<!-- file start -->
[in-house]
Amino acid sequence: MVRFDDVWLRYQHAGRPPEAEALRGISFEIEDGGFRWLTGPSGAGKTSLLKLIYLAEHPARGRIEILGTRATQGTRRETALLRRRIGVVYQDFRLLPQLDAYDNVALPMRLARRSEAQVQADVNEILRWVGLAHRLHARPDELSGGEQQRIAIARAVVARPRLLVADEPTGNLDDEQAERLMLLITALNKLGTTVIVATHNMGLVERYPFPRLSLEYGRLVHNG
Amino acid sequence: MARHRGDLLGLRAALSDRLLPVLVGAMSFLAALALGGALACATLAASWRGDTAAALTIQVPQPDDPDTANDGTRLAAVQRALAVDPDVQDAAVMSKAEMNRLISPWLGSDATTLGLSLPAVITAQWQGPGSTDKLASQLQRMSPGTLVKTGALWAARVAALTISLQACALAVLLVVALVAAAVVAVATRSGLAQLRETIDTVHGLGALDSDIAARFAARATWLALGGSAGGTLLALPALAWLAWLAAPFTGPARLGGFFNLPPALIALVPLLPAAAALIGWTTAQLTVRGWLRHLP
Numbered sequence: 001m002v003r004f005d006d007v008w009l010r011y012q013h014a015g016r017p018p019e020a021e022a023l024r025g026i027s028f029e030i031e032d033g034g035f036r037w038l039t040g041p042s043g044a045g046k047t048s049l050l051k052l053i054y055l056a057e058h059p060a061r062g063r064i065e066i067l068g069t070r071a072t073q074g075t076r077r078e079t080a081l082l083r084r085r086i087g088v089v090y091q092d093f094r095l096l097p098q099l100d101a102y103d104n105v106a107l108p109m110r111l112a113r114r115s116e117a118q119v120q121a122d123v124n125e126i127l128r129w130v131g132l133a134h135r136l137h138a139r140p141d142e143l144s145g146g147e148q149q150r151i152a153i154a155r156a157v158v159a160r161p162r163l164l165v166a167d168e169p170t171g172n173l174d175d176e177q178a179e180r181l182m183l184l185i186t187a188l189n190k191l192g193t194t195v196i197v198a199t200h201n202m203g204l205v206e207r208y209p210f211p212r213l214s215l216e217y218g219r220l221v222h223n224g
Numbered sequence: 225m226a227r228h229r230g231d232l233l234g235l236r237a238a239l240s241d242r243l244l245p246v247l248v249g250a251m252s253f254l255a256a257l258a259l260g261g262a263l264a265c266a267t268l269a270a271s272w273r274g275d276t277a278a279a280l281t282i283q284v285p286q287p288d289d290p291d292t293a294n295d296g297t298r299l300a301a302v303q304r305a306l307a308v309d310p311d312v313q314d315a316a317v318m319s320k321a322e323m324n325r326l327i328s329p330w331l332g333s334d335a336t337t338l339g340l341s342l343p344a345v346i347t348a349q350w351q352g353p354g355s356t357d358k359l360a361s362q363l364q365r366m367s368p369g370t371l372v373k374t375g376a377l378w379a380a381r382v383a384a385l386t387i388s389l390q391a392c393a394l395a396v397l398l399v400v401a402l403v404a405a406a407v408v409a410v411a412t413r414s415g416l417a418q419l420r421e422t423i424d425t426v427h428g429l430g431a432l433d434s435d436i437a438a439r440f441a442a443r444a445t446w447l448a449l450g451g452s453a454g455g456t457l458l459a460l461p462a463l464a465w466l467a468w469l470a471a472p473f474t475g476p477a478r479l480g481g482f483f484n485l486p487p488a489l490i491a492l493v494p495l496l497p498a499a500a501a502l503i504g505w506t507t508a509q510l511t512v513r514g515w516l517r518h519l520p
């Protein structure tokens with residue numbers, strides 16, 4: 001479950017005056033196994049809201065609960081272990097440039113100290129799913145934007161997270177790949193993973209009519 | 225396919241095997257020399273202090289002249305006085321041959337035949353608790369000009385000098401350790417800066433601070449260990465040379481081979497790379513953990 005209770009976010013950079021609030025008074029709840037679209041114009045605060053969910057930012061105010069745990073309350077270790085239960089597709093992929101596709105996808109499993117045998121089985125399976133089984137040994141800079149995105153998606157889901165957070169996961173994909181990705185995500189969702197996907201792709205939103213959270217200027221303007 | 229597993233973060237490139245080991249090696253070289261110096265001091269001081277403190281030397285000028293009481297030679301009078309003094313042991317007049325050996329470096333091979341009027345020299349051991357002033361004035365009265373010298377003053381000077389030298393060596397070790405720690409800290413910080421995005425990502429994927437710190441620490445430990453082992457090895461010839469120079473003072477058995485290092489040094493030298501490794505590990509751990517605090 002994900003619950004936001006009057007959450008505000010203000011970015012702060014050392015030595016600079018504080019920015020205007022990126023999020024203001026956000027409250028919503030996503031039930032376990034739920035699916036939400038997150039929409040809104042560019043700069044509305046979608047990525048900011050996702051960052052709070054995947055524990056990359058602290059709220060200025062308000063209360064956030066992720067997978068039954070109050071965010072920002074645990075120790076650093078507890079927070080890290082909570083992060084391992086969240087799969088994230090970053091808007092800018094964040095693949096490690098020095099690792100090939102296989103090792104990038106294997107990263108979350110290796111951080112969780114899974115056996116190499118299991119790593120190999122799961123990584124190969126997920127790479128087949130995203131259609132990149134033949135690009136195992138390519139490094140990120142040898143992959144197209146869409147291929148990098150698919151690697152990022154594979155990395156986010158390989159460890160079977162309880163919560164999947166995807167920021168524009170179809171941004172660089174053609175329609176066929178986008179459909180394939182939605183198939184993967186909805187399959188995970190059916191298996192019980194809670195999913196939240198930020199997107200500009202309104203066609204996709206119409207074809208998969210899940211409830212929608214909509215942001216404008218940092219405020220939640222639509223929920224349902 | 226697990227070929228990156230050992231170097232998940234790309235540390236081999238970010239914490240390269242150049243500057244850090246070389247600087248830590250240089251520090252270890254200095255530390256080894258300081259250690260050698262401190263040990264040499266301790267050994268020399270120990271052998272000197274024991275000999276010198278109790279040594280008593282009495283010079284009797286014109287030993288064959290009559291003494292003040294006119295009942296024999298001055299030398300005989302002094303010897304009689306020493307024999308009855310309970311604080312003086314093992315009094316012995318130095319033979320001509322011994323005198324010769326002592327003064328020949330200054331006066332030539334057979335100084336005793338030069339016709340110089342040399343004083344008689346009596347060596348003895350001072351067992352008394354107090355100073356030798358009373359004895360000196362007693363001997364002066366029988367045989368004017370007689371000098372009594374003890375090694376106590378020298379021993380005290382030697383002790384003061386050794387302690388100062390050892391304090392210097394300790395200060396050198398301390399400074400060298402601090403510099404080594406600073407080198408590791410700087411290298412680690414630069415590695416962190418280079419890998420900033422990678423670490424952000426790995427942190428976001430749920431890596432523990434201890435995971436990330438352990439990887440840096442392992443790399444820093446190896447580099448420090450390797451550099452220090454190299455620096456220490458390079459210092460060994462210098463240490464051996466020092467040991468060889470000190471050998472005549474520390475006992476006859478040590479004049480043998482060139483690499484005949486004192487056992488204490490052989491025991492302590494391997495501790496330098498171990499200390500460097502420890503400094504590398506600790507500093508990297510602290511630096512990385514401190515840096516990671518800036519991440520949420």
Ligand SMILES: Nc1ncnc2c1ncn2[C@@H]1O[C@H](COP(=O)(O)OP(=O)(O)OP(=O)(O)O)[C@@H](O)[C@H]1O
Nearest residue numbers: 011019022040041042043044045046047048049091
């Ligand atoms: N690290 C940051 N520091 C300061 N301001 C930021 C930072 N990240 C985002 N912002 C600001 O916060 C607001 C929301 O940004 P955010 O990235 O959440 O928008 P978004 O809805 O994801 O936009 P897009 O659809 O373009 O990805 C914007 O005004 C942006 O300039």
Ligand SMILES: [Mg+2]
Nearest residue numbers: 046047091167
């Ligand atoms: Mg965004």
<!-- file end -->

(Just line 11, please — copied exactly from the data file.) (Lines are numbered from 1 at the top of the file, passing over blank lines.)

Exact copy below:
Nearest residue numbers: 046047091167